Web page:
Hemp production in the United States began to resume in the late 2000s when states started to enact their own medical marijuana laws. When hemp became legal in states such as Colorado and Oregon, farmers resumed growing those crops. According to federal law, though, hemp and hemp extracts remained Schedule I drugs under the Controlled Substances Act – not legal for any purpose.
The confusion over CBD legality at the state and federal levels continues to this day. In 2018, President Donald Trump signed the 2018 Farm Bill into law, making it legal at the federal level for farmers in all 50 states to grow hemp containing no more than 0.3 percent THC. You might think that would have given CBD oil brands the green light to market their products freely, but no; hemp extract remains a Schedule I controlled substance. The government simply hasn’t enforced the CBD prohibition except when companies have made unproven medical claims about it or marketed it as a health supplement.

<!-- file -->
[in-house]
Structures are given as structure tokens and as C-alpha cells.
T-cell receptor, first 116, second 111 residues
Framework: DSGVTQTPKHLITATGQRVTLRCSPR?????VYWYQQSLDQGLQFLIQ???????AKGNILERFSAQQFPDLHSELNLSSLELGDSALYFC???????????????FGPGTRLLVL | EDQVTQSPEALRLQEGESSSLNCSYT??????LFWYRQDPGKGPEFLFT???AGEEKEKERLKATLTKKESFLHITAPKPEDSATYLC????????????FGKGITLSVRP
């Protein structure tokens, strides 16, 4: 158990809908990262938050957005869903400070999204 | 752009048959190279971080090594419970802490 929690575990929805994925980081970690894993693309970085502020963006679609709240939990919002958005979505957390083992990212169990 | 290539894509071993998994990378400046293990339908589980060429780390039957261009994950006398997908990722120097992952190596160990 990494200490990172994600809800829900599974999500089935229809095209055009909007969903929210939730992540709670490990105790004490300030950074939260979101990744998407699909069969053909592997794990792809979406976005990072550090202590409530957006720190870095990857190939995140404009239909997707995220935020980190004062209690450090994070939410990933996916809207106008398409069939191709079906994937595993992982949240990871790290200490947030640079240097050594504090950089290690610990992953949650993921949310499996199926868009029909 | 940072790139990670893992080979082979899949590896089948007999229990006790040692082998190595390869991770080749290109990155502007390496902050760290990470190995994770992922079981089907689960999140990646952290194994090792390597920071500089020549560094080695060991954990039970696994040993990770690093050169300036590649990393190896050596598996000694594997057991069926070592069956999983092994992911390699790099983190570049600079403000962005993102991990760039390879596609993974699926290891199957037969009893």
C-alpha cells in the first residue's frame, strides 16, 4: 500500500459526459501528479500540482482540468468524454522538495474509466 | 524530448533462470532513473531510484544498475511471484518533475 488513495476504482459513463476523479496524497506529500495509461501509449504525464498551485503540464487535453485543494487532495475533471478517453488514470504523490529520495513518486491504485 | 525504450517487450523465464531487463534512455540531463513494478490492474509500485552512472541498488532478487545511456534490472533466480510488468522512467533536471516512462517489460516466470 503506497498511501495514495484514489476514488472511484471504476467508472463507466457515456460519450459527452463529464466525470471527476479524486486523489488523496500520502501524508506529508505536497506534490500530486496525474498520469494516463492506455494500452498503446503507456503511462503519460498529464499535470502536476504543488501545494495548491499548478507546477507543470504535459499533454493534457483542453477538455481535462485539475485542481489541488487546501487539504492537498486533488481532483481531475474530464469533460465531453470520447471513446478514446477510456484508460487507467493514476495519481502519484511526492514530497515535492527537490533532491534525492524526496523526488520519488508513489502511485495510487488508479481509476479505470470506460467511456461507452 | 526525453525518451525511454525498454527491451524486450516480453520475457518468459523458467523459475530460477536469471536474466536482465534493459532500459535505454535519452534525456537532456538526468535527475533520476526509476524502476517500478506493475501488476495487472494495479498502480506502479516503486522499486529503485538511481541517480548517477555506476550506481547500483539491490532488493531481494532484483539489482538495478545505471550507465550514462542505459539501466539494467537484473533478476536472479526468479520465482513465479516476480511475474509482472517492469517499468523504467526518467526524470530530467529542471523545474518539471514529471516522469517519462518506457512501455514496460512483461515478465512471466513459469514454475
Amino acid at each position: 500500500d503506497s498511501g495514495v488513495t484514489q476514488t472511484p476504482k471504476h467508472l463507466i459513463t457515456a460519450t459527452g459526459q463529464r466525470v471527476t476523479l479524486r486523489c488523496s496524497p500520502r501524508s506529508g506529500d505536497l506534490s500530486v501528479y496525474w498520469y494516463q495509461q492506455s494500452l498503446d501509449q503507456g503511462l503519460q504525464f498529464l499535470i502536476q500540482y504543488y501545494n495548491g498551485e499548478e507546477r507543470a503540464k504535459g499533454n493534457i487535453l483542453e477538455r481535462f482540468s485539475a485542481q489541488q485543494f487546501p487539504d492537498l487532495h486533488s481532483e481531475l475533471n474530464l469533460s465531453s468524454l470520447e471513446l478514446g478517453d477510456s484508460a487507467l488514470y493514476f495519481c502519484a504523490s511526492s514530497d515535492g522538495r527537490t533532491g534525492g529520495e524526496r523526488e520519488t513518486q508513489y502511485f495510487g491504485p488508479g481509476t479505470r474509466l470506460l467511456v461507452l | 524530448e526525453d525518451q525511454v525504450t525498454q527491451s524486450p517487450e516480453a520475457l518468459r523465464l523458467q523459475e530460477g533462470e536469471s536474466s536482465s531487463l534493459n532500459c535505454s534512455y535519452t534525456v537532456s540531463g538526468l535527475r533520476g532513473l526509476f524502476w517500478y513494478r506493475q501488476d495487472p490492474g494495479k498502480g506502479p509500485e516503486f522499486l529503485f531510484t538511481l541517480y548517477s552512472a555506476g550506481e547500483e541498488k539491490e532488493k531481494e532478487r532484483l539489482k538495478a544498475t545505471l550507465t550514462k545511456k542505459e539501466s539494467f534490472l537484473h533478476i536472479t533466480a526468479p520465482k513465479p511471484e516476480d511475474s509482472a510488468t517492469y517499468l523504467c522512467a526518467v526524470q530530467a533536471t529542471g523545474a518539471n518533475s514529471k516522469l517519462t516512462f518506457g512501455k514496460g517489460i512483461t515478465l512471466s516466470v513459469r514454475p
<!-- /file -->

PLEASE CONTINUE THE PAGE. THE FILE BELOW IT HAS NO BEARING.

High Expenses for CBD Hemp Growers
As explained above, CBD products remained prohibitively expensive for a long time because it took domestic farmers many years to ramp up their hemp production. CBD oil producers, therefore, had to import many of their materials – and that had its own challenges. Today, farmers in all 50 states can cultivate industrial hemp without violating federal law. A few states, however, still prohibit hemp farming. In states that have industrial hemp programs, it still isn’t as simple as tilling your field and growing your crop. Farmers must register themselves as hemp growers and pay for the appropriate licenses.
Things only get more costly from there.